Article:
The priest and the dying soldier, 1962

Naval Pastor Luis Padilla performs the last rites of a soldier who was injured in sniper firing during an insurgency in Venezuela. Bravely on the streets amid sniper fire to perform the last rites of the dead, the priest encountered a wounded soldier, who clinging to the priest's cassock pulled himself up as bullets chewed up the concrete around him. She was

Photographer Hector Rondon Lovera, who had to lie flat to avoid being shot, later said that he was unsure how he had taken the picture: "I found myself in a solid lead for forty-five minutes... It was flat against the wall, while bullets were being fired when the priest came in. The truth is, I don't know how I took these pictures lying on the ground.

Rondon shoots a government soldier crawling over the robe of Navy chaplain Luis Padilla as Padilla looks in the direction of rebel sniper fire.

Government forces quickly took control of the city and over two days advanced to submit to the remaining rebels, who had taken cover at Solano Castle. A handful of people who were not caught or killed were able to escape into the forest."

In addition to the priest's bravery, he also knows that the enemy will think a lot before shooting him (just imagine the propaganda) and that the enemy soldiers are Catholic and will refuse that order.

There is an even more intense setting about this picture, with a carnicaria (a butcher shop) in the background. In Spanish, a carnivore means both "butcher's shop" and "slaughter, carnage".

The phrase "fue una carnicaria" (English equivalent: "It was the massacre") is very common in the Spanish language. The parallel really catches one's eye and draws out the horror of the scene even more.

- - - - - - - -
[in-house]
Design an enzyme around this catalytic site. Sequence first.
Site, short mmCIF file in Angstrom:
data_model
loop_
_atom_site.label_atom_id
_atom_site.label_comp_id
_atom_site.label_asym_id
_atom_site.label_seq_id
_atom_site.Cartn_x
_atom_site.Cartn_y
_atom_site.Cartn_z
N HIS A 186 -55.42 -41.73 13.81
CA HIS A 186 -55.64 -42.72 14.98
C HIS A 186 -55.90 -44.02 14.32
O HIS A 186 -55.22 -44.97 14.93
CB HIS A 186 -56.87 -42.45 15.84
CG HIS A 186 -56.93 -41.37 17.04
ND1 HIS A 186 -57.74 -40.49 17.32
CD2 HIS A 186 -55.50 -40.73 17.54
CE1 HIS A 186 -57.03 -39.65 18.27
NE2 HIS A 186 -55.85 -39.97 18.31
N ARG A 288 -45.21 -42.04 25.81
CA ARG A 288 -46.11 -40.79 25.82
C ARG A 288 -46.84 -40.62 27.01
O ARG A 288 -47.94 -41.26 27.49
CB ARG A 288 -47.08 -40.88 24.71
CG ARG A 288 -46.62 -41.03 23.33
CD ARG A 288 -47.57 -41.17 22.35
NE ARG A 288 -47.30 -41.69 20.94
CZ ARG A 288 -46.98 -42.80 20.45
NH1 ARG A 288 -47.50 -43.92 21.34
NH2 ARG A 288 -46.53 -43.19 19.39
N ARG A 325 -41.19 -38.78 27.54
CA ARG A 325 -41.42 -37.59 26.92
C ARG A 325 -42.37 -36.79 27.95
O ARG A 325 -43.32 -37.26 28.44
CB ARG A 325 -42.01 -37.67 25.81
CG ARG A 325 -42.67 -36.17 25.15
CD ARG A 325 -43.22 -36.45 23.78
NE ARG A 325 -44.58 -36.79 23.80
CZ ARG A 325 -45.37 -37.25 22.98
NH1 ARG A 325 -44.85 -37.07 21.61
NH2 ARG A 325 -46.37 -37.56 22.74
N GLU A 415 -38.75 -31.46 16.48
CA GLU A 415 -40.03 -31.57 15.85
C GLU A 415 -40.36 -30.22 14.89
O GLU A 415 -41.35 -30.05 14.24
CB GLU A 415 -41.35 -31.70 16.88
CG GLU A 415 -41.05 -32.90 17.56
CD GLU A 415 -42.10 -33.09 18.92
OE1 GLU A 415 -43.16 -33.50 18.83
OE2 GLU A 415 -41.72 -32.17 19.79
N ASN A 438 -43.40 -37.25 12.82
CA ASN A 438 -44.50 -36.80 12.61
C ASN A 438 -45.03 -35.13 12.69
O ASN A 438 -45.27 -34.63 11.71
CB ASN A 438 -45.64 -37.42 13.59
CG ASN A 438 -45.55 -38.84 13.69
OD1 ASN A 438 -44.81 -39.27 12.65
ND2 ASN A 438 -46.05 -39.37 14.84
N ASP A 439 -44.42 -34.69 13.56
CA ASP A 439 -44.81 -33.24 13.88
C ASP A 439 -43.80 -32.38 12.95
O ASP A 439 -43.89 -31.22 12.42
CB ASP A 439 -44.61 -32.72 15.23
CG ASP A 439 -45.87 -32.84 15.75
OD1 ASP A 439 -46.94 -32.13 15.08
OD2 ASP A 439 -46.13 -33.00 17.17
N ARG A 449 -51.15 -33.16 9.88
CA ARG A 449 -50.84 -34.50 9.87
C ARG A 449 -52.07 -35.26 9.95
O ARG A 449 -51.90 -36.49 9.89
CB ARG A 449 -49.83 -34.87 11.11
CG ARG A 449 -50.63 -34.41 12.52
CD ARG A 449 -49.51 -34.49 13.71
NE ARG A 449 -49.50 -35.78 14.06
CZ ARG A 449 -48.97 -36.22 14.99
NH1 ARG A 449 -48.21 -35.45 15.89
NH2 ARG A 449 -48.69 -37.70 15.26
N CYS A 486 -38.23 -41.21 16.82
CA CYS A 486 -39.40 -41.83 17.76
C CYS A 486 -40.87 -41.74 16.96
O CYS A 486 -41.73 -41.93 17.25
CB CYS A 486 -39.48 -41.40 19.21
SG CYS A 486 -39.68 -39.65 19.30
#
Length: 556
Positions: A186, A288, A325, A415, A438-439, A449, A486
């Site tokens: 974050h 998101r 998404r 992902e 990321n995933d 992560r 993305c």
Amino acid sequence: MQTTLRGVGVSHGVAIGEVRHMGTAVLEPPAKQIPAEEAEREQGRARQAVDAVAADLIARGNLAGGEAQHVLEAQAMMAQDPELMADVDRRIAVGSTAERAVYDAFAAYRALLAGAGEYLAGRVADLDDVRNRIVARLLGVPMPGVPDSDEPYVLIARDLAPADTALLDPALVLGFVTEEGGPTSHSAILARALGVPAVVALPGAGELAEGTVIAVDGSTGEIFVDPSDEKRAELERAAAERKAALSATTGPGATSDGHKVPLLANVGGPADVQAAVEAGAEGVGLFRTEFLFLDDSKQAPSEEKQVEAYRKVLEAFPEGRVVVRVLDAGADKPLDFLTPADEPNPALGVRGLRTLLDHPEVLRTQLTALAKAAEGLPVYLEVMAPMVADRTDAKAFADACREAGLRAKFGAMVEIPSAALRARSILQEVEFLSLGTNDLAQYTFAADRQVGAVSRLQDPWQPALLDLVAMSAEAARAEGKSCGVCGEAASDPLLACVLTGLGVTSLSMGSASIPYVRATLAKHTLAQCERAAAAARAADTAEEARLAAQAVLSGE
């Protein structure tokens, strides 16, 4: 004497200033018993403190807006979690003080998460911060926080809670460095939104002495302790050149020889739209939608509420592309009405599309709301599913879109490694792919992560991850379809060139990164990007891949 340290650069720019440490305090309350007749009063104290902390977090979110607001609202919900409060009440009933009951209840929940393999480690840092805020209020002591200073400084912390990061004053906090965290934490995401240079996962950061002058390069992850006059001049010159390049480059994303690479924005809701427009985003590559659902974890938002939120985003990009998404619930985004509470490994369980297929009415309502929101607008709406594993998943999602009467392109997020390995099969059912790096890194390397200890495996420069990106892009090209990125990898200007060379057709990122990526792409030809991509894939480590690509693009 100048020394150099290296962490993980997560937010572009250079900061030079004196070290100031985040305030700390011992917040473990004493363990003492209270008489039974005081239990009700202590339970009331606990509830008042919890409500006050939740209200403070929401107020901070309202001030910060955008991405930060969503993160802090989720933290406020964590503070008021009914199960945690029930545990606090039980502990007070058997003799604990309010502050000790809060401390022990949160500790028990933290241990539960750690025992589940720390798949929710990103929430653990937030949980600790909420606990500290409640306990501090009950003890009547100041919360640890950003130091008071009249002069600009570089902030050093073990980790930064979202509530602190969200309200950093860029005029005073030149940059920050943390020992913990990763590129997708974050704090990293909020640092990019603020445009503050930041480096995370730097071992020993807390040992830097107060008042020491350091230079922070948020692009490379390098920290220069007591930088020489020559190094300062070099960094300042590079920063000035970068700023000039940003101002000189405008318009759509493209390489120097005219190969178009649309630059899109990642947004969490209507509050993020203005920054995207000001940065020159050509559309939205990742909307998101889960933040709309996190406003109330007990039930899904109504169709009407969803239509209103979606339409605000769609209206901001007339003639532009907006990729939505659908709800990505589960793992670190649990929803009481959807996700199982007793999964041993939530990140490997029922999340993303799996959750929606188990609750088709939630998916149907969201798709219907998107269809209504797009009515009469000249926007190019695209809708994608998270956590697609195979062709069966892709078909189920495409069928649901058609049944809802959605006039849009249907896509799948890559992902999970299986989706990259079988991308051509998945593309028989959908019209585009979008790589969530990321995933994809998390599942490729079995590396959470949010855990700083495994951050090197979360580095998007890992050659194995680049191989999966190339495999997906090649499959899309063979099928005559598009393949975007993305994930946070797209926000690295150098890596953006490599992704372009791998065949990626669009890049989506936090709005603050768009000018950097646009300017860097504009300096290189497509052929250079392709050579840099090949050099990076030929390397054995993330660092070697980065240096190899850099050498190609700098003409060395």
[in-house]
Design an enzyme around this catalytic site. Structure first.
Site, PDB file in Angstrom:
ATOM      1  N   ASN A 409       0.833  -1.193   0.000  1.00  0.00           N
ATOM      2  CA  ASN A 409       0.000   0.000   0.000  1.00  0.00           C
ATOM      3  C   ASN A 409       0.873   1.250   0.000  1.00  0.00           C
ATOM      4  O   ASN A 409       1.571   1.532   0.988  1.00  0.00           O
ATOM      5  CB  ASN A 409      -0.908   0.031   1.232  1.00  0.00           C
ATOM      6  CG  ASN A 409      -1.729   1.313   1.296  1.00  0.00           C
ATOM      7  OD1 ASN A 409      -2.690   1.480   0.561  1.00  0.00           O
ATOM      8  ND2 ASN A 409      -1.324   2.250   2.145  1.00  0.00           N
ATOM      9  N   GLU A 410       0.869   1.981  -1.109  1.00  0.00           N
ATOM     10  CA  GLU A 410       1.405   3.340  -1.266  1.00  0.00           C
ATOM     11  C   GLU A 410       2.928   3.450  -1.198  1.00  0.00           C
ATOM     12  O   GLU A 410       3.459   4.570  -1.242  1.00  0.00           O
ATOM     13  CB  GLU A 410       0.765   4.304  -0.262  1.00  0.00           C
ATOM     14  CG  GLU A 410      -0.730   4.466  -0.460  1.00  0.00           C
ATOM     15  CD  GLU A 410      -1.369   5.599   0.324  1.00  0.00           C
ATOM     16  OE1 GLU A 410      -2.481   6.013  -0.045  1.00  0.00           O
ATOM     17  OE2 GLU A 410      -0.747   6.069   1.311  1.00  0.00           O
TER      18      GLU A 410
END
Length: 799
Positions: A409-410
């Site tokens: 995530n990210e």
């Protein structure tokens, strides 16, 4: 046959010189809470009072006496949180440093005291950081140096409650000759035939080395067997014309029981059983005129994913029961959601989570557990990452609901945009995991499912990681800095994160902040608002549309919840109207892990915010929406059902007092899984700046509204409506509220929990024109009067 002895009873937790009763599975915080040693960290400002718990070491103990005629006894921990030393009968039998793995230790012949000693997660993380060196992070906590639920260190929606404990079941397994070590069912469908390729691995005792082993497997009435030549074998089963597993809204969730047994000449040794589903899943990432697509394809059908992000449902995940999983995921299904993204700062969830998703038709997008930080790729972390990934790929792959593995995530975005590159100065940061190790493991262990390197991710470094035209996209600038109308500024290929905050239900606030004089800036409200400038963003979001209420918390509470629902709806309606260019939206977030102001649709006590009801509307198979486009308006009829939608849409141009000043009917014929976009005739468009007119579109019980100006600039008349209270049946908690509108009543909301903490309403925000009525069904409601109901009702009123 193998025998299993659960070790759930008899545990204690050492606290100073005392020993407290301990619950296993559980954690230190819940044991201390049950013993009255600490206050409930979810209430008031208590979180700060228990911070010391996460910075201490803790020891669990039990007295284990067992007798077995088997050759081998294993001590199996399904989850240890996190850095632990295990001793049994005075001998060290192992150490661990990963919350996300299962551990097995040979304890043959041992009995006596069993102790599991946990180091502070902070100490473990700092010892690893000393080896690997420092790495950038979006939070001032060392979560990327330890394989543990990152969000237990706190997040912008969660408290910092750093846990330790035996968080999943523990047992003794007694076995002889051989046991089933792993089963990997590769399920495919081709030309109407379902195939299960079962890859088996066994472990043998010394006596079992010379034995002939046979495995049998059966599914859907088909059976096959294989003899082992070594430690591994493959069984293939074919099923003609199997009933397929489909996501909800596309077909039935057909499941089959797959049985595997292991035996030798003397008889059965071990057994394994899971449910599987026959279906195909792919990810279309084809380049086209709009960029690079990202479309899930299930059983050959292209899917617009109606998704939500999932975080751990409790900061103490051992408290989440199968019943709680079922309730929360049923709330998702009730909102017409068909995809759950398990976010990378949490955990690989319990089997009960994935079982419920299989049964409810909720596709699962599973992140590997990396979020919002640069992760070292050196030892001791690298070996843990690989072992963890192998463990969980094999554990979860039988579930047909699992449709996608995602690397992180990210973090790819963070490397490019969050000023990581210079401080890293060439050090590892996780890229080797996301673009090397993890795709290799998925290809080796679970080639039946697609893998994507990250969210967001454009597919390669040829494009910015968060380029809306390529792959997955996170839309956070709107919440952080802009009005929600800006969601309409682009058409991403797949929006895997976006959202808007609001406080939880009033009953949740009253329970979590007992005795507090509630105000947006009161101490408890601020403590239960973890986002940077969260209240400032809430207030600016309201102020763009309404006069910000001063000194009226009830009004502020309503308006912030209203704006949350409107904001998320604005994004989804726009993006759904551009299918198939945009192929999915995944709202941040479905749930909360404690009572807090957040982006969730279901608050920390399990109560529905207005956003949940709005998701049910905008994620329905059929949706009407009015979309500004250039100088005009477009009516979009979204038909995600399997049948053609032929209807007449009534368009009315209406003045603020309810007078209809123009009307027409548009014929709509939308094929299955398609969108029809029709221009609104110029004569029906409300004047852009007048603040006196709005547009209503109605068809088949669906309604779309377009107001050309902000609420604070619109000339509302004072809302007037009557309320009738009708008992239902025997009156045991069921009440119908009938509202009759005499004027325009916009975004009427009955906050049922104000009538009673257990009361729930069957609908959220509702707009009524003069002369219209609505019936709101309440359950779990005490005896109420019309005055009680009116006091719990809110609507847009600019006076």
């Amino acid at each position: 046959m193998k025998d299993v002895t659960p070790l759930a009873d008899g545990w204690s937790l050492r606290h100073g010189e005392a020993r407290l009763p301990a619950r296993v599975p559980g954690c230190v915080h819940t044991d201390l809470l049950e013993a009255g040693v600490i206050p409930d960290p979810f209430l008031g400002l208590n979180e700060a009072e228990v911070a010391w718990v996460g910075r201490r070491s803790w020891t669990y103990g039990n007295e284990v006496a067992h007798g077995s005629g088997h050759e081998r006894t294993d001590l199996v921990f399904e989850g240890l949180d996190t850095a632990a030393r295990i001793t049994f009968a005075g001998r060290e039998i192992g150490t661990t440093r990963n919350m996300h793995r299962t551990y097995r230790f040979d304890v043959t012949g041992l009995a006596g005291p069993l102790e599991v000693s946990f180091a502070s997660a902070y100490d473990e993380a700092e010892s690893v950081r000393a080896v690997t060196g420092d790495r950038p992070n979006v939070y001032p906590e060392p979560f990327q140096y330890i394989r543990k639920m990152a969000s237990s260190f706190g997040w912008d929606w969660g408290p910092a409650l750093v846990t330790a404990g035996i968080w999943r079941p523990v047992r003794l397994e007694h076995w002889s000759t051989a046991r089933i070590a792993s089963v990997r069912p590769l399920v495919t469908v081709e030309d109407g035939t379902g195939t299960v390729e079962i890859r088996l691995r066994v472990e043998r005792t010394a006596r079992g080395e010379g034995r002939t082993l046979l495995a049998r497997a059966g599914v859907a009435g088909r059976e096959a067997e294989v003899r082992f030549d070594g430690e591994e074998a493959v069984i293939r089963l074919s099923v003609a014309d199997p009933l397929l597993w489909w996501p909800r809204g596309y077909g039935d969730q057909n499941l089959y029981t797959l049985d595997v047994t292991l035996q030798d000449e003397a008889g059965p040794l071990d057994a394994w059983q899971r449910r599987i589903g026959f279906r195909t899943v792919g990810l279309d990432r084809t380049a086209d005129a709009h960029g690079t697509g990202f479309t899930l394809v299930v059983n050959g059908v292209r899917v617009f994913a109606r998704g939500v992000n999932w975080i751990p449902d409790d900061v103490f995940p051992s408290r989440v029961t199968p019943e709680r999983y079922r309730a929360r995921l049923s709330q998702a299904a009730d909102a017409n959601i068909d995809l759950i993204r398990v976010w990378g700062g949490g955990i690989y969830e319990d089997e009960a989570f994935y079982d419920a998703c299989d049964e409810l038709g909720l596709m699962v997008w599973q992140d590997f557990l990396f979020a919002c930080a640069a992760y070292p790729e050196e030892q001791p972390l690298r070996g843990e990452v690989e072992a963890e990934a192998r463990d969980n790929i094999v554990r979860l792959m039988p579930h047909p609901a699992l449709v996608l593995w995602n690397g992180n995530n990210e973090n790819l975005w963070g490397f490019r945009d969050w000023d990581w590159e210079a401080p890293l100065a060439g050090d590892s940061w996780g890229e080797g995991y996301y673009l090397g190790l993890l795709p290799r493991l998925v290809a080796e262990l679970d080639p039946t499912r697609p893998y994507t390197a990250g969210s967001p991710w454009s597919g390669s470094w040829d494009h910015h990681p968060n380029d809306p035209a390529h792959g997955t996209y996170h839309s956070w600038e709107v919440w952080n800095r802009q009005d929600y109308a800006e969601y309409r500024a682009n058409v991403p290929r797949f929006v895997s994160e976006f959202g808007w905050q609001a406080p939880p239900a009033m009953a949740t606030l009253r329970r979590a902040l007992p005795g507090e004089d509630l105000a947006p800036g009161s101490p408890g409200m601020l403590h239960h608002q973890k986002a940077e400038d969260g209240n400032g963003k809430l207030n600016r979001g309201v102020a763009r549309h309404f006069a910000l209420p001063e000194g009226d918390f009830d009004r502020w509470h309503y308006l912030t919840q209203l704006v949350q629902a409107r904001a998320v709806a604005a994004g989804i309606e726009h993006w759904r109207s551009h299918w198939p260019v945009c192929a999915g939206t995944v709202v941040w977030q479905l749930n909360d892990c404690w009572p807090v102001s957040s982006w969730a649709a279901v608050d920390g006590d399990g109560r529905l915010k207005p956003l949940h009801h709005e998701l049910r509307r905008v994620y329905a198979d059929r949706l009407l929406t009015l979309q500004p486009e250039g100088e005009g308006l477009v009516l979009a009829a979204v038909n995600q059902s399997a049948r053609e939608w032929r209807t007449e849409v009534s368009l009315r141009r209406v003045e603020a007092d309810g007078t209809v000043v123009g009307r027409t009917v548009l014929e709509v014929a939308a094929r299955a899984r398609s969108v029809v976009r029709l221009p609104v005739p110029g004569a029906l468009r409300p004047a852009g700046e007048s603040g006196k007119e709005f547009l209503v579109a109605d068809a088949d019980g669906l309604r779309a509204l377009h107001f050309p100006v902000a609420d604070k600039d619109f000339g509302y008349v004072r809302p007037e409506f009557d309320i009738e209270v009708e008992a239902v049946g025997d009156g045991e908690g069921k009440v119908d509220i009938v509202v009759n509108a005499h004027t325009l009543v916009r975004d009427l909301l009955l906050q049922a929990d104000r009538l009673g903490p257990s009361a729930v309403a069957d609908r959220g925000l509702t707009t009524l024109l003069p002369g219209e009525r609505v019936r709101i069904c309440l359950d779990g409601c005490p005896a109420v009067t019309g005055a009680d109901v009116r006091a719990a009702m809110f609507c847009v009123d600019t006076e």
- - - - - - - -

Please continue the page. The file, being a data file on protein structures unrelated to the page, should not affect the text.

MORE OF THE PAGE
This photo was taken on June 4 (1962) by Caracas photographer Hector Rondon Lovera for the Venezuelan newspaper "La Repubblica". It won the World Press Photo of the Year and the 1963 Pulitzer Prize for Photography. The original title of the work is "Help from Padre".

El Portenazo (2 June 1962 – 6 June 1962) was a short-lived military coup in Venezuela against the government of Romulo Betancourt, in which rebels attempted to capture the city of Puerto Cabello and its Solano Castle. Venezuela's constitution in 1962 was only a year old, but there have already been two attempts to overthrow the government.

The offensive at the naval base was a bloody conflict between government forces and guerrilla rebels, supported by the residents of Puerto Cabello.

The rebellion was crushed by 3 June, leaving over 400 dead and 700 wounded, and by 6 June the rebel stronghold of Solano Castle had fallen.

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